What Is Voluntary Compliance?
Voluntary compliance refers to the principle that citizens will cooperate with their government by filing honest and accurate annual returns. The U.S. income tax system operates under this assumption, though not without checks and balances.
Voluntary, in this case, implies that the individual taxpayer will prepare and file a return without proactive action by the government.
Understanding Voluntary Compliance
Payment of income taxes is, of course, mandatory. But the burden of reporting income falls upon each individual taxpayer.
That is the meaning of voluntary compliance. The government expects that U.S. taxpayers will e forthcoming in calculating and reporting their incomes and will remit any unpaid amount to the government by the tax deadline each year.
- The U.S. government discovered early on that auditing every individual tax return is impossible.
- Therefore, it must assume that taxpayers will voluntarily comply to the best of their abilities.
- Checks and balances like W-2 forms are in place to discourage non-compliance.
Of course, the government doesn't generally take the taxpayer's word for it. For example, a taxpayer who receives a W-2 form from an employer reports the income on Form 1040. The Internal Revenue Service (IRS) receives a copy of that W-2 and is thus aware of that income.
The individual may also have a part-time job that does not involve a W-2 filing or similar statement of earnings or other income. Under the principle of voluntary compliance, the taxpayer is expected to report that additional income in the annual return.
A second and less optimistic assumption of the U.S. tax system is that some portion of the taxpaying public will not fully comply with tax requirements. This may occur by intentional evasion or through an innocent misunderstanding. The IRS is responsible for enforcing compliance and does so through a system of audits.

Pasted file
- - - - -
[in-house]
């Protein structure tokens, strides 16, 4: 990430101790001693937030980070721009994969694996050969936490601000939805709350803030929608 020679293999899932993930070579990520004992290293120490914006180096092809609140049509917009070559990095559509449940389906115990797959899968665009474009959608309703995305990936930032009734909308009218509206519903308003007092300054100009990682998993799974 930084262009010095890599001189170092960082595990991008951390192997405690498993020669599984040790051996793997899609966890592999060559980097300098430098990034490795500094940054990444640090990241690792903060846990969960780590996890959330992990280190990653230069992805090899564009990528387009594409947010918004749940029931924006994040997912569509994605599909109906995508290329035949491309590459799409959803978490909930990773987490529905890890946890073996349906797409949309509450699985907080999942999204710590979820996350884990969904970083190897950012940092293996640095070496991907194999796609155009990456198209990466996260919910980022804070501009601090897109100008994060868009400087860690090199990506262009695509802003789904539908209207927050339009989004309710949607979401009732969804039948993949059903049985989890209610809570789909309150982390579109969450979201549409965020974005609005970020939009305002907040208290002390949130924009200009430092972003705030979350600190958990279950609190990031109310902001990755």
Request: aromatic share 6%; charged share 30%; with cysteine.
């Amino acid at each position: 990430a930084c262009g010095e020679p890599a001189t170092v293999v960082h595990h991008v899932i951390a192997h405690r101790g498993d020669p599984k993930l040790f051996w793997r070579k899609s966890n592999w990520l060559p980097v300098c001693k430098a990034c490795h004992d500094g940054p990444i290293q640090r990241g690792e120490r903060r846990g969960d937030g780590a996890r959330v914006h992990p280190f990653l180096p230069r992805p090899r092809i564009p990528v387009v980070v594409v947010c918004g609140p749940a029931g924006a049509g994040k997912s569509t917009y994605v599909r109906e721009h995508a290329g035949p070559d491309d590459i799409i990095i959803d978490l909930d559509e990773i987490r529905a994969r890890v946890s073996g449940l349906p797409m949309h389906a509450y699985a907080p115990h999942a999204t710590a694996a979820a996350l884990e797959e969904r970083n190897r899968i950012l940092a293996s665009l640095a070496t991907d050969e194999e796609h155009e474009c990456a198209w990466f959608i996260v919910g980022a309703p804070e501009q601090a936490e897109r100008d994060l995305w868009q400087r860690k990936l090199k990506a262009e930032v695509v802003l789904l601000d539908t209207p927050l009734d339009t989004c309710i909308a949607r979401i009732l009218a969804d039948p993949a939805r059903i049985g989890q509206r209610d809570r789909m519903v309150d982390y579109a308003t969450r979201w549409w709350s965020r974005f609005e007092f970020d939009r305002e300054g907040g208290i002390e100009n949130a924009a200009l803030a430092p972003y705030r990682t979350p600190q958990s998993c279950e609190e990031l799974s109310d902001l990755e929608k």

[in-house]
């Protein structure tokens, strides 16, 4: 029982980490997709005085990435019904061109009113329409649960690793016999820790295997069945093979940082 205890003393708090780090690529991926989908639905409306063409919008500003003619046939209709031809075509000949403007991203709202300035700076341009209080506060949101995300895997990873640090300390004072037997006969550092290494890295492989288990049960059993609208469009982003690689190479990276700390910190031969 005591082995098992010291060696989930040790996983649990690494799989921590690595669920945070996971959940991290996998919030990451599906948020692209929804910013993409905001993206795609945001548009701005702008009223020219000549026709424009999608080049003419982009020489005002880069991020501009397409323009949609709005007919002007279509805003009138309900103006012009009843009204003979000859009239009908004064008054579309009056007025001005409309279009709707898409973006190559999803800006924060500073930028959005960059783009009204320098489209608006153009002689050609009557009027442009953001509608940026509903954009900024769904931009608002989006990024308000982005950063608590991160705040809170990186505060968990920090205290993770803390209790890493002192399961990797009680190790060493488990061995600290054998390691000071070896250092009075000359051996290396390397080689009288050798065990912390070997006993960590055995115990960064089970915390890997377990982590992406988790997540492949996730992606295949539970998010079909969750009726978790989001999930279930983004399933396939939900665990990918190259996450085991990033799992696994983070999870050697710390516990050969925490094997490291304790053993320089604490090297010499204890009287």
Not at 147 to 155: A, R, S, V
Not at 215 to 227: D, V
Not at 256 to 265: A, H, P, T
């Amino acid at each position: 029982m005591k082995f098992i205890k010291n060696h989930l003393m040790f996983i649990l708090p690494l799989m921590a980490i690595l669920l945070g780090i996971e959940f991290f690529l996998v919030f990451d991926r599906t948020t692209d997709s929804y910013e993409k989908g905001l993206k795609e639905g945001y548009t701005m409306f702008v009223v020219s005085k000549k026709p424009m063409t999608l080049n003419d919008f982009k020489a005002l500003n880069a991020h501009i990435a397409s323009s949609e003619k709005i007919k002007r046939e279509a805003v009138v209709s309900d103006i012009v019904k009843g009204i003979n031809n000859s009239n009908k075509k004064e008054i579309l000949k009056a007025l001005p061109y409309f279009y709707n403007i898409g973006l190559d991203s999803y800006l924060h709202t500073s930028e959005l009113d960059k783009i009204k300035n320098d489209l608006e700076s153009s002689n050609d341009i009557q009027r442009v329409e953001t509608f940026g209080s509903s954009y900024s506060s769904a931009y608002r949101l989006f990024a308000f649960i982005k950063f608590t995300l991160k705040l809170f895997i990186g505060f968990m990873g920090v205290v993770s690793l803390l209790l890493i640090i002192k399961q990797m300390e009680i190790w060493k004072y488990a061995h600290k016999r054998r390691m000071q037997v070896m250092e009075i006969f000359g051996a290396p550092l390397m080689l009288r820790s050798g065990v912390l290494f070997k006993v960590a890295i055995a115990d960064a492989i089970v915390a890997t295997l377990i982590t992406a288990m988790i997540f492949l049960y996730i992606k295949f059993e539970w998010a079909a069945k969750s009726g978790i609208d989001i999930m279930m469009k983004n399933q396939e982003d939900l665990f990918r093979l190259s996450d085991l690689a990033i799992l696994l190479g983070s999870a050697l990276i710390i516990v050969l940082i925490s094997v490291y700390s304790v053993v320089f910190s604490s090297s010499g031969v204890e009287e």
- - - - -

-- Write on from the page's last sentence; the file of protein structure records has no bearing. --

Audits and Voluntary Compliance
In the early days following the 1913 establishment of a federal income tax, U.S. law required that every tax return be audited by the Commissioner of Internal Revenue’s office.
This soon proved to be an impossible task even as the commissioner’s staff grew. A 1954 law removed the requirement and audits been undertaken on about one percent of returns ever since.
The government’s implicit acceptance that it does not have the resources for comprehensive auditing, and never did, helps define voluntary compliance. Compliance is voluntary because total enforcement is impossible. The voluntary nature of compliance does not mean paying taxes is a voluntary action.
Audits are most commonly triggered by a mismatch in the information reported on a tax return and on the related official forms such as the W-2 or 1099. Other red flags include earnings that are out of line with past years or financial transactions with individuals who are under audit.
Audits can be conducted via mail or in person. The unofficial thresholds for charges of tax fraud are $70,000 in unpaid taxes and three years of deliberate fraud. These guidelines are set to minimize the prosecution risk for taxpayers whose non-compliance is truly an honest oversight.